Week 34 Tips for the Zone 9 Garden

Well, I learned an expensive lesson today.  If you water your black gumbo yard for 23 hours it still will not close up the cracks that the July and August heat have made!  Yep!  I ran the sprinkler ALL DAY,  And yes, my wife asked me if I had turned off all of the water before we went to bed last night.  Oh well, live and learn.  At least I know my trees and primrose jasmine are now DEEPLY watered as they head into fall.

Even though it is hot and dry, this is going to be a great weekend in the garden.  Forecast says highs in the low to mid 90s with a chance of showers. So start early, drink lots of fluids and get a big part of your fall garden in the ground.

Provide ample fertilizer and water to any veggies that are still producing

Provide ample fertilizer and water to any veggies that are still producing


  • Remove old mulch and burn it – I use spoiled hay to mulch my vegetable garden. Regardless of what you mulch with you will need to remove any that is left and bag it or burn it.  Do not put it in the compost.  Spent mulch is full of bug eggs and larvae.  A warm compost pile is the perfect place for garden pests to over winter
  • If its growing, feed it – I still have okra, purple hulls and tomatoes growing in my garden. This weekend is a great time to feed them.  Side dress with finished composed or give them a foliar application of fish emulsion or other water soluble product.  If using commercial fertilizers apply a high nitrogen blend at a rate of 1 cup for ten feet of row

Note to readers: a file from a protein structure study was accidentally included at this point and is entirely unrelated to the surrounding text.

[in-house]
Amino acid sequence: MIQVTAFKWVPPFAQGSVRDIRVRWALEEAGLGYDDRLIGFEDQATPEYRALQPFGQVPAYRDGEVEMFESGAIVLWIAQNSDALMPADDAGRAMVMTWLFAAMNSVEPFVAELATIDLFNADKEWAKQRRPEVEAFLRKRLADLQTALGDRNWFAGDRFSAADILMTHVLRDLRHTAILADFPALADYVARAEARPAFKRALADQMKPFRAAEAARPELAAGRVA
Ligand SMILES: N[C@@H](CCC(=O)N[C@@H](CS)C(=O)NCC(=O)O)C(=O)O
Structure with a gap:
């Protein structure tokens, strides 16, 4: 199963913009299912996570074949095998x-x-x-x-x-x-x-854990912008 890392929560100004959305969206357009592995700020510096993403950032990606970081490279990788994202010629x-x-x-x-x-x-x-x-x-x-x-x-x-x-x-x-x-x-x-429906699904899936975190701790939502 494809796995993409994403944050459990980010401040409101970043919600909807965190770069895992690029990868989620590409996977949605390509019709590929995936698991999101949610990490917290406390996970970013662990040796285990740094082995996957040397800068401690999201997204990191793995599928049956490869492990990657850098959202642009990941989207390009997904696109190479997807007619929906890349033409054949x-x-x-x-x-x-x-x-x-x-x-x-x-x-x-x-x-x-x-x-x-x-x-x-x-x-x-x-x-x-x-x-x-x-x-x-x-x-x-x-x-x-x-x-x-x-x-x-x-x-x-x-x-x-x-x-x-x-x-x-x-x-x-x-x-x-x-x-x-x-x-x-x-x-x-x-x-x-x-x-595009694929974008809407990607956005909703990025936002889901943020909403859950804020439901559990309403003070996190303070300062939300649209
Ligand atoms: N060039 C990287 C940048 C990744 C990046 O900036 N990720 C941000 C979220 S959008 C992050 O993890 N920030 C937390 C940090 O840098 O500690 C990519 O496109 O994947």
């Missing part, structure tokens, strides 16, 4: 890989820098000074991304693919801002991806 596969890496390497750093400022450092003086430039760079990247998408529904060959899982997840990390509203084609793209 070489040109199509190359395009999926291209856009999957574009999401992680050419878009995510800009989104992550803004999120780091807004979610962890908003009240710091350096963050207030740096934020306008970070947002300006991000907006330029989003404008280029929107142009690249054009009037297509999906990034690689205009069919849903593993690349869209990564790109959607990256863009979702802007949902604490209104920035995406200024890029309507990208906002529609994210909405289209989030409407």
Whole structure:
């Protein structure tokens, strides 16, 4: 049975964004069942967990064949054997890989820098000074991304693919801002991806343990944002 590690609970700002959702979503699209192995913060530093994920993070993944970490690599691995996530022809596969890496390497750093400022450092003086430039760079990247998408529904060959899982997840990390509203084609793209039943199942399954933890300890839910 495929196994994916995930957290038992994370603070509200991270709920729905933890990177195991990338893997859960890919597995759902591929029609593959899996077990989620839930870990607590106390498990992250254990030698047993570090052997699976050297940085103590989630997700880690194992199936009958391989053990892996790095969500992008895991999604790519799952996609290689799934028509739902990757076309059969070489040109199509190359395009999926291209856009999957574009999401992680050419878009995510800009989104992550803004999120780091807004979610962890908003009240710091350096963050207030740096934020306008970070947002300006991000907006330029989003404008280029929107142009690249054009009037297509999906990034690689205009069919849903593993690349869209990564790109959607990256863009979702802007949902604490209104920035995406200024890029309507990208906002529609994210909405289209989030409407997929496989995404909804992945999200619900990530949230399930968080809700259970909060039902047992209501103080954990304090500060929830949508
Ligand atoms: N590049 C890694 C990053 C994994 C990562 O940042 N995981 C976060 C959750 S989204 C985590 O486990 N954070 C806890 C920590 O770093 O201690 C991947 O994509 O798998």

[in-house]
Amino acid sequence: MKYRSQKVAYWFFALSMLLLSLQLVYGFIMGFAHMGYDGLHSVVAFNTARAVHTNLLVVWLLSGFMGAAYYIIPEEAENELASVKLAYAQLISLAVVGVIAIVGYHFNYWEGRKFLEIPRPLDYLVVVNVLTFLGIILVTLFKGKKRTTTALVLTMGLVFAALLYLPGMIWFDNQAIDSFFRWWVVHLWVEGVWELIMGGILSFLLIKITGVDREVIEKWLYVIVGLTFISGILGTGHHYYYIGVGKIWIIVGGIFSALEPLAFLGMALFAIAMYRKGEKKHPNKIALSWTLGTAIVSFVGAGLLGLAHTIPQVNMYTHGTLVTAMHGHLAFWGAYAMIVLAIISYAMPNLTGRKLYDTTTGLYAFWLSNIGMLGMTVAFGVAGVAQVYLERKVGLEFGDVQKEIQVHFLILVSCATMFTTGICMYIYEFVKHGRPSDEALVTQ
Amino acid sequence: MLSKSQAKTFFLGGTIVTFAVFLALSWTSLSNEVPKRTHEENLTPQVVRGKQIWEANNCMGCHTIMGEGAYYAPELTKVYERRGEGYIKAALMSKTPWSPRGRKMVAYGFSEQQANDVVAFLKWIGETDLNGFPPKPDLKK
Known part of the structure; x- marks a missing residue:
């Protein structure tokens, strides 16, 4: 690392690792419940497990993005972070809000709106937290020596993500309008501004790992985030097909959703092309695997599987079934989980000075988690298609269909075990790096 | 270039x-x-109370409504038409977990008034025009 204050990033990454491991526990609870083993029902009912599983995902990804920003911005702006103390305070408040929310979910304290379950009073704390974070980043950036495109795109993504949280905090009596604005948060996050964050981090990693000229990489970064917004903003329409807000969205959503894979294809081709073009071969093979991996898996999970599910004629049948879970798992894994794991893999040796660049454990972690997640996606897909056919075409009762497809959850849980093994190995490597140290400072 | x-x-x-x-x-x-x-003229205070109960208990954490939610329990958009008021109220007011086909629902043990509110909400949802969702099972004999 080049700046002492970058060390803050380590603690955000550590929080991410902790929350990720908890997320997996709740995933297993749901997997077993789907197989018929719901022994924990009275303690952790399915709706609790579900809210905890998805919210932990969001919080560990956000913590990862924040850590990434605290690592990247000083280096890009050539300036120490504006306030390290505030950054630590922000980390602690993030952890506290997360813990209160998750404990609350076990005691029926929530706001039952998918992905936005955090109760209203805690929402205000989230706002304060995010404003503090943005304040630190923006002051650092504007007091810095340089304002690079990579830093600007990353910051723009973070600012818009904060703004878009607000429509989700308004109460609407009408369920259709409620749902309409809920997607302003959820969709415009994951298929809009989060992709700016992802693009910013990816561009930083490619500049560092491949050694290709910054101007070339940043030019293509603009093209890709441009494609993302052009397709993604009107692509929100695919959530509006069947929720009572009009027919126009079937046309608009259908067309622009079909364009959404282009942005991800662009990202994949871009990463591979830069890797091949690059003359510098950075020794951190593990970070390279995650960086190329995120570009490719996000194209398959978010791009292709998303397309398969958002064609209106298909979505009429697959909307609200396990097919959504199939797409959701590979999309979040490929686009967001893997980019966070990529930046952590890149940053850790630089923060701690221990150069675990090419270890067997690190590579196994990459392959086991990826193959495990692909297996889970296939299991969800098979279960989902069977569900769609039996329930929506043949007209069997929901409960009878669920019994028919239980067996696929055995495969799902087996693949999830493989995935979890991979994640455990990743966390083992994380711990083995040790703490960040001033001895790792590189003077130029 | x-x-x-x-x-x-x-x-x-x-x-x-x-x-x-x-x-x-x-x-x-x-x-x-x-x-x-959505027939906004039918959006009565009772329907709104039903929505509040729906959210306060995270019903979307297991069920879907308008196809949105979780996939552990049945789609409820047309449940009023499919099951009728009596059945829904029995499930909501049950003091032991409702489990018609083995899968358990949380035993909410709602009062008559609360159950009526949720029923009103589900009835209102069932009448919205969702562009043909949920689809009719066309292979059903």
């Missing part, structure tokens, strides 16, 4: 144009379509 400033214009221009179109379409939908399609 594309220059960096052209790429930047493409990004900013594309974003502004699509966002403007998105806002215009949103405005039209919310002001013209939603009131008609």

• Plant potatoes – You can plant potatoes now. It is better to plant small, whole potatoes, as opposed to cut up pieces, in the fall.  The extremely warm soil will rot potato pieces that are not thoutoghly scabbed.

Cannas are great, heat tolerant plants that bloom all throughout the summer.


  • Weed, feed, water and mulch – August is a tough time on existing plants and a tough time for establishing new bedding plants. Take advantage of slower growth rates to remove tough weeds like Bermuda.  Once an area is weeded, sprinkle a little fertilizer, mulch and water.  Water every three or four days.  This will get your beds in prime shape for planting later in the month

Trees and Lawns

  • Baby your pecans! – The shells of pecans are beginning to fill with fruit. Keep your pecan trees well watered to ensure your best possible crop
  • Cut out bag worms – If you see bag worms forming in your trees, cut them out before they get too big. If you have missed them and you have a large mass, use your long handled pruners to open up the webs to encourage the birds to come in and clean up larvae
  • Be on the lookout for chinch bugs – August is prime time for chinch bugs. While chinch bugs can definitely do a lot of damage to St. Augustine lawns, they can be controlled if caught early.  My buddy Randy Lemmon (host of Garden Line on KTRH) has a great article about how to identify and treat them.  Click here to learn more.

Pecans are filling their shells with fruit right now so keep your trees well watered!

I share these posts on Our SimpleHomestead Blog Hop.  Be sure to stop by.  The “hop” has tons of great information from gardeners and homesteaders all over the world!

A Monday Holiday

Surprise Easter Lilies